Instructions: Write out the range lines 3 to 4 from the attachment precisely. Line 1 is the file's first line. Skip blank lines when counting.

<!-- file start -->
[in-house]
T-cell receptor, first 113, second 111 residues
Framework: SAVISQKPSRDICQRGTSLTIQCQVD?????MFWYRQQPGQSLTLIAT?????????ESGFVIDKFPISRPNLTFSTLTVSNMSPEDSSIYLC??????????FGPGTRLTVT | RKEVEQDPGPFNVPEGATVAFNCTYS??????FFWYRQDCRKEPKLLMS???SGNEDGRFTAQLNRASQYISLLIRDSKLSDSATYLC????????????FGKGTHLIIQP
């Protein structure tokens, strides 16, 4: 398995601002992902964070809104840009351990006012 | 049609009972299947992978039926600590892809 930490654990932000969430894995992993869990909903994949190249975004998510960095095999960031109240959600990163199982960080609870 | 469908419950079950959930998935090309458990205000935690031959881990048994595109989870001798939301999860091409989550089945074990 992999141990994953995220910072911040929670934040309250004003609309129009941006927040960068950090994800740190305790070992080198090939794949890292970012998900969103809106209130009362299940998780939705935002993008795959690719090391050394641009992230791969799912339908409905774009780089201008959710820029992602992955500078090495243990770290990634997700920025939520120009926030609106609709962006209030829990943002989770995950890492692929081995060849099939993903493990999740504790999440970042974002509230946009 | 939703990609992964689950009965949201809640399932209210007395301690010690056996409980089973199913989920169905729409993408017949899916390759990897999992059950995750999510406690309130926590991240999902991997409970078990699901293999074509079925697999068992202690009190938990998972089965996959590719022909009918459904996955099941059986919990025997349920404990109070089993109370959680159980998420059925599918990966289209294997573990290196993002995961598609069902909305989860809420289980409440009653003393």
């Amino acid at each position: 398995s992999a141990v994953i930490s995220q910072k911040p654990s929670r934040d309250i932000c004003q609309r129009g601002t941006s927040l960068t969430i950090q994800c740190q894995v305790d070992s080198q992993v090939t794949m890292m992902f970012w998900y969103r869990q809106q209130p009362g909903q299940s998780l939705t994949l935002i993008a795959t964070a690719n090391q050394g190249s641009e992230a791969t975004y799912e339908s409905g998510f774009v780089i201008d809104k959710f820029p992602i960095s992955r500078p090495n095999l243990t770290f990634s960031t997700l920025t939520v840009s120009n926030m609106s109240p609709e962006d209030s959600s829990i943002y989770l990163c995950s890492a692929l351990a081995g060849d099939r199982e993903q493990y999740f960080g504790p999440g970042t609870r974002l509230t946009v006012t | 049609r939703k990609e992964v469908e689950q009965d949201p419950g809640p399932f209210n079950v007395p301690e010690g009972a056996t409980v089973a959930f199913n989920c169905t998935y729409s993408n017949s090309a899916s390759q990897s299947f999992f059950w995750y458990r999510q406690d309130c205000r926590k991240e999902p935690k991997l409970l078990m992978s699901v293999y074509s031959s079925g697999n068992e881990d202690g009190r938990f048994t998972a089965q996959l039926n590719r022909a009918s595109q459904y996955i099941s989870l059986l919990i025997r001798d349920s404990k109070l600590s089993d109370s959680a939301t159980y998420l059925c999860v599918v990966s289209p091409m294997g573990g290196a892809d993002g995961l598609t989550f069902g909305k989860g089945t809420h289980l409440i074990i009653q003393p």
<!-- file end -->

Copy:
Framework: SAVISQKPSRDICQRGTSLTIQCQVD?????MFWYRQQPGQSLTLIAT?????????ESGFVIDKFPISRPNLTFSTLTVSNMSPEDSSIYLC??????????FGPGTRLTVT | RKEVEQDPGPFNVPEGATVAFNCTYS??????FFWYRQDCRKEPKLLMS???SGNEDGRFTAQLNRASQYISLLIRDSKLSDSATYLC????????????FGKGTHLIIQP
């Protein structure tokens, strides 16, 4: 398995601002992902964070809104840009351990006012 | 049609009972299947992978039926600590892809 930490654990932000969430894995992993869990909903994949190249975004998510960095095999960031109240959600990163199982960080609870 | 469908419950079950959930998935090309458990205000935690031959881990048994595109989870001798939301999860091409989550089945074990 992999141990994953995220910072911040929670934040309250004003609309129009941006927040960068950090994800740190305790070992080198090939794949890292970012998900969103809106209130009362299940998780939705935002993008795959690719090391050394641009992230791969799912339908409905774009780089201008959710820029992602992955500078090495243990770290990634997700920025939520120009926030609106609709962006209030829990943002989770995950890492692929081995060849099939993903493990999740504790999440970042974002509230946009 | 939703990609992964689950009965949201809640399932209210007395301690010690056996409980089973199913989920169905729409993408017949899916390759990897999992059950995750999510406690309130926590991240999902991997409970078990699901293999074509079925697999068992202690009190938990998972089965996959590719022909009918459904996955099941059986919990025997349920404990109070089993109370959680159980998420059925599918990966289209294997573990290196993002995961598609069902909305989860809420289980409440009653003393």